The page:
The International Franchise Association says a new minimum wage law in Seattle—raising wages to $15 per hour over time—unfairly targets its members by treating franchisees differently from other small businesses. And it’s planning to take that argument to court.
A city known for its franchises—specifically, for a certain coffee brand—could be facing a lawsuit from a franchise association.
Seattle Mayor Ed Murray this week signed into law an unprecedented minimum wage increase that will over time raise bottom-level wages in the city to $15 per hour.
The law requires large businesses to increase their wage floors to $15 within three years, while smaller businesses and firms that offer health insurance get seven years to comply.
In the end, the city will have a minimum wage that’s more than double the current federal minimum of $7.25 per hour and roughly 60 percent higher than the $9.32 per hour rate for the state of Washington.
On Tuesday, IFA said it would file a lawsuit challenging the law, arguing that it discriminates against Seattle’s 600 franchisees, whom it requires to meet the three-year compliance deadline while other small businesses have seven years. Franchisees “are being punished simply because they chose to operate as franchisees. Decades of legal precedent have held that franchise businesses are independently owned businesses and are not operated by the brand’s corporate headquarters,” IFA President and CEO Steve Caldeira, CFE, said in a statement.
“The city council’s action today is unfair, discriminatory, and a deliberate attempt to achieve a political agenda at the expense of small franchise business owners,” Caldeira continued. “By picking winners and losers among Seattle businesses, this policy flies in the face of all legal precedent and defies common sense.”
I don’t know how I’m going to do it in Seattle. It’s just making it a really unlikely place for me to expand. It’s going to be very difficult.
Examples In Action
One franchisee who could be affected by the wage increase is Chuck Stempler, who runs two AlphaGraphics locations in Seattle. He says the law would treat his business as one that has over 500 employees because of its ties to the corporate parent, despite the fact that he has only 69 employees in his stores.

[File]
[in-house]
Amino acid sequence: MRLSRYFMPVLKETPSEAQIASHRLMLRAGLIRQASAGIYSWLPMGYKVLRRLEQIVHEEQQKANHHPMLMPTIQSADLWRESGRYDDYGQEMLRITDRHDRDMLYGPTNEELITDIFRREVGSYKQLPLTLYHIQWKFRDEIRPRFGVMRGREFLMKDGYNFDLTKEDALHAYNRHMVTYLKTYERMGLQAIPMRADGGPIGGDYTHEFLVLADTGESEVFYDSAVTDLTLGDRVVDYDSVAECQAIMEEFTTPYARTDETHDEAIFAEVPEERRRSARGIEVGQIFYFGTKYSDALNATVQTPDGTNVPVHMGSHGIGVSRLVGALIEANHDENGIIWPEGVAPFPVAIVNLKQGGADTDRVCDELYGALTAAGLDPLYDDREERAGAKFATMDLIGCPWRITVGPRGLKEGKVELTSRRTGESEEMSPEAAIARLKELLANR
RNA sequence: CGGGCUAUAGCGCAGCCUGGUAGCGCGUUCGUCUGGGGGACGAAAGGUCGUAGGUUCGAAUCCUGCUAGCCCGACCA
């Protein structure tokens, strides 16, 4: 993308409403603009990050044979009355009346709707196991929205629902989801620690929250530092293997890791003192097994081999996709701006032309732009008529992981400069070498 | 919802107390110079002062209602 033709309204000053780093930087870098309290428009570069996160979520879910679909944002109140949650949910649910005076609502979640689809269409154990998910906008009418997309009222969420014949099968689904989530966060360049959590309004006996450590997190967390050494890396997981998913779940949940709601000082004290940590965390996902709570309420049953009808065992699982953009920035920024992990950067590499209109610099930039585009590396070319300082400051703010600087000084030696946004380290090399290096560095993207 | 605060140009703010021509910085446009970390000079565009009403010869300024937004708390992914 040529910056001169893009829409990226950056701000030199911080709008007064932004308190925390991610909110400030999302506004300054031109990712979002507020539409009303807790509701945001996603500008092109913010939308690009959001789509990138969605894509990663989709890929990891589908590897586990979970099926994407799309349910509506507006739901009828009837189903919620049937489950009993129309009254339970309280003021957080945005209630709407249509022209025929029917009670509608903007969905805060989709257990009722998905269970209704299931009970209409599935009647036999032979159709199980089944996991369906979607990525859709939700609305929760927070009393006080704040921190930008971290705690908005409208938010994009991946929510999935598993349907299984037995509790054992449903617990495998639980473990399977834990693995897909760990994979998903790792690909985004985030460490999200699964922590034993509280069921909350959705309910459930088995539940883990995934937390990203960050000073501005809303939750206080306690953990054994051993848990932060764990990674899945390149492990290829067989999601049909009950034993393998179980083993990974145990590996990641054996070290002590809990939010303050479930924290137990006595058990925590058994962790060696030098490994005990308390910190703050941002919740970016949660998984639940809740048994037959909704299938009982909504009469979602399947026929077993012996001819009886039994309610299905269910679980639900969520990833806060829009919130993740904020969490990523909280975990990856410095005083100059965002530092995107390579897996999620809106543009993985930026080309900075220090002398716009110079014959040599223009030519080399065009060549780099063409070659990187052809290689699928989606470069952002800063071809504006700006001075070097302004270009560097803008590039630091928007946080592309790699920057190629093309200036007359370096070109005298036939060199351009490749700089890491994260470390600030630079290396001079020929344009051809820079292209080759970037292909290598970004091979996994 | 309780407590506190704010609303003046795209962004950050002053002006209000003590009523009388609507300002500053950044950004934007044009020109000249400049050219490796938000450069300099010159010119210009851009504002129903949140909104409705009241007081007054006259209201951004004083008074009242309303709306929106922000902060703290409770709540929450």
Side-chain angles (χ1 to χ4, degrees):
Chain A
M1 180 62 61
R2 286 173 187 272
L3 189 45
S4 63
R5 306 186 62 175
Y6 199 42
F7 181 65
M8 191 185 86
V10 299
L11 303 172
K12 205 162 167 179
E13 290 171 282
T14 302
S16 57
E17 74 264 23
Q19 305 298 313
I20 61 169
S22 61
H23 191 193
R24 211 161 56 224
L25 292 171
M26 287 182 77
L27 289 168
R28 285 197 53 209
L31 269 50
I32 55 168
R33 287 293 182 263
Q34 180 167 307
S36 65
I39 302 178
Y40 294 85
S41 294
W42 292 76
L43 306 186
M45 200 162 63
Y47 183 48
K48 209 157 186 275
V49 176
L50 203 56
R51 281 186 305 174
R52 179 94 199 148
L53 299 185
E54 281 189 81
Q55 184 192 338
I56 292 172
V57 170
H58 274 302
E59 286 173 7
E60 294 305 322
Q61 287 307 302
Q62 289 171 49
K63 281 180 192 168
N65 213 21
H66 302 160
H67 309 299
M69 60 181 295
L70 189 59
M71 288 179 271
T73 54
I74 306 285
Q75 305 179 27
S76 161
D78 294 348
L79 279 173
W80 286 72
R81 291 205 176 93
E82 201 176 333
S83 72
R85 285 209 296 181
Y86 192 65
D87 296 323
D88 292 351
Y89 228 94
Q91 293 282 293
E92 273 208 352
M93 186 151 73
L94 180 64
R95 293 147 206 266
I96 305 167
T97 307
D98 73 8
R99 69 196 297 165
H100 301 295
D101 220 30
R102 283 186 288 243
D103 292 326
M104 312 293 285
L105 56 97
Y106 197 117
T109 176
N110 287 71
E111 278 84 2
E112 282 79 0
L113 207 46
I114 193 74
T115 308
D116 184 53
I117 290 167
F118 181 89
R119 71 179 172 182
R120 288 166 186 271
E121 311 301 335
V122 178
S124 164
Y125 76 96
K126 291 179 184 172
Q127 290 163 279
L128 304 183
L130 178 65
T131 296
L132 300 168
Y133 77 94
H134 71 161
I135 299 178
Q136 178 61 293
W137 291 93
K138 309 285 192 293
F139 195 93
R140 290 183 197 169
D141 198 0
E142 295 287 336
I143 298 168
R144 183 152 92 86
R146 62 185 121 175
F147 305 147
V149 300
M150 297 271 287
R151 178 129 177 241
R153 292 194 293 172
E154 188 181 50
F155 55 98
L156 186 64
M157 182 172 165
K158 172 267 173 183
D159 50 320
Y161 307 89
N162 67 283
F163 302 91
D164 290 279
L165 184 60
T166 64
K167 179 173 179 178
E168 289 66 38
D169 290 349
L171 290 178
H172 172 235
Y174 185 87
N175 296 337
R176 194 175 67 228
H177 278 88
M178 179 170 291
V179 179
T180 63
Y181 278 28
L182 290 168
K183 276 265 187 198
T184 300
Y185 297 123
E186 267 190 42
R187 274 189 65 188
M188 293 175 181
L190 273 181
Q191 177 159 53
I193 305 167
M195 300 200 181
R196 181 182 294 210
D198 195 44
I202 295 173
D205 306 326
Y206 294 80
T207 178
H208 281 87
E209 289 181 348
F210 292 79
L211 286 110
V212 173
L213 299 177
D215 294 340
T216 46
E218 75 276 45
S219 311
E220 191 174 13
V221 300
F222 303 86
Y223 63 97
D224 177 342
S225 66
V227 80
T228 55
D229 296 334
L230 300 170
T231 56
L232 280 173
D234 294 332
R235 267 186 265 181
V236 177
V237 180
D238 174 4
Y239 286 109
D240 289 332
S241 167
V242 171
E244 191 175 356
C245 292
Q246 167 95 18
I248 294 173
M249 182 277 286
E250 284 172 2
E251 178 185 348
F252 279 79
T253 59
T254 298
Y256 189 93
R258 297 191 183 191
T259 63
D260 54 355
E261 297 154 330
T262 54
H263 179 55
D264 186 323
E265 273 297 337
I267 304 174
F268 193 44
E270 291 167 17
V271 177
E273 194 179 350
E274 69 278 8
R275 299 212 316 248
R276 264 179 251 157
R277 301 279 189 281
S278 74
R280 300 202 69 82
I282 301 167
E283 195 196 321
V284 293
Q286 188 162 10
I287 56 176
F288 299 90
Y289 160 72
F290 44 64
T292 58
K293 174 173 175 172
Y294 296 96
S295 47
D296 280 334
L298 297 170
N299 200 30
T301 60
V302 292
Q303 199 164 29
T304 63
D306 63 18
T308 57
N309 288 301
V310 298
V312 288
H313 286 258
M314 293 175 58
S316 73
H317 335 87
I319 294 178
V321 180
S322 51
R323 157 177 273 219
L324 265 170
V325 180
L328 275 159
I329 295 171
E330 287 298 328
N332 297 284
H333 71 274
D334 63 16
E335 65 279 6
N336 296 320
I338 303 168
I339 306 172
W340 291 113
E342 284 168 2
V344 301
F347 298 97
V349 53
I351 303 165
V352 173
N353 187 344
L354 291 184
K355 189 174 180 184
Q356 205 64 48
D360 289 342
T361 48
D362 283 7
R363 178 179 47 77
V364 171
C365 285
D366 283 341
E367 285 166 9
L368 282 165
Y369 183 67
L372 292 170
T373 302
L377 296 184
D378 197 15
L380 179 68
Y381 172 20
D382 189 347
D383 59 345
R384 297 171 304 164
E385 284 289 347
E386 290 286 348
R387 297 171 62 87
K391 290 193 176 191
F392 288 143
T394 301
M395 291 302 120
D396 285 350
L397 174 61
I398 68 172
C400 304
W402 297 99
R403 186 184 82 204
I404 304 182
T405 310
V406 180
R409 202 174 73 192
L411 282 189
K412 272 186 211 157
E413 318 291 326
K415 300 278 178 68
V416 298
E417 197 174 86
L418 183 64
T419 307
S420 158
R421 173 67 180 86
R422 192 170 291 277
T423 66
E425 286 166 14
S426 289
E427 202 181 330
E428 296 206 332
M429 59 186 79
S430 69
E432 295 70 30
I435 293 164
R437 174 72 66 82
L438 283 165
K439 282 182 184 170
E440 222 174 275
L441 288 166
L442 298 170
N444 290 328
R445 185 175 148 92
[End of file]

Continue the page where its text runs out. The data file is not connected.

“I would be disadvantaged to the tune of a very significant number that would reflect in either reduced profitability or increased costs,” he told KIRO-TV.
Matt Hollek, who has eight employees at his Seattle Subway store, has argued that the increase is significant enough that he may have to raise sandwich prices by $1, while scaling back his healthcare offerings.
“I don’t know how I’m going to do it in Seattle. It’s just making it a really unlikely place for me to expand. It’s going to be very difficult,” he told Q13Fox.com.
A Strong Council Voice
Such arguments fell on deaf ears with some members of the Seattle City Council, including Kshama Sawant, a member of the Socialist Alternative party.
“Subways are not your corner mom-and-pop deli,” she said to Q13Fox.com. “Furthermore, even if [they were], the reality is corporations are calling the shots. Why should we feed that model?”
Sawant, the first socialist member of the city council in more than a century, was a driving force behind the law and led a grassroots movement for a tougher version of the bill that would have required all companies to apply the $15 minimum wage immediately. Her amendments were blocked, The Los Angeles Times reported.
But even council members with more moderate stances tended to favor higher wages in light of the city’s growing income disparities.
“To those who have said that the sky will fall if we pass this legislation, let me assure you that the sun will rise tomorrow,” Councilman Nick Licata said, according to the Times. “It will rise seeing people having a better chance to feed their families.”
The IFA statement did not say when the lawsuit would be filed.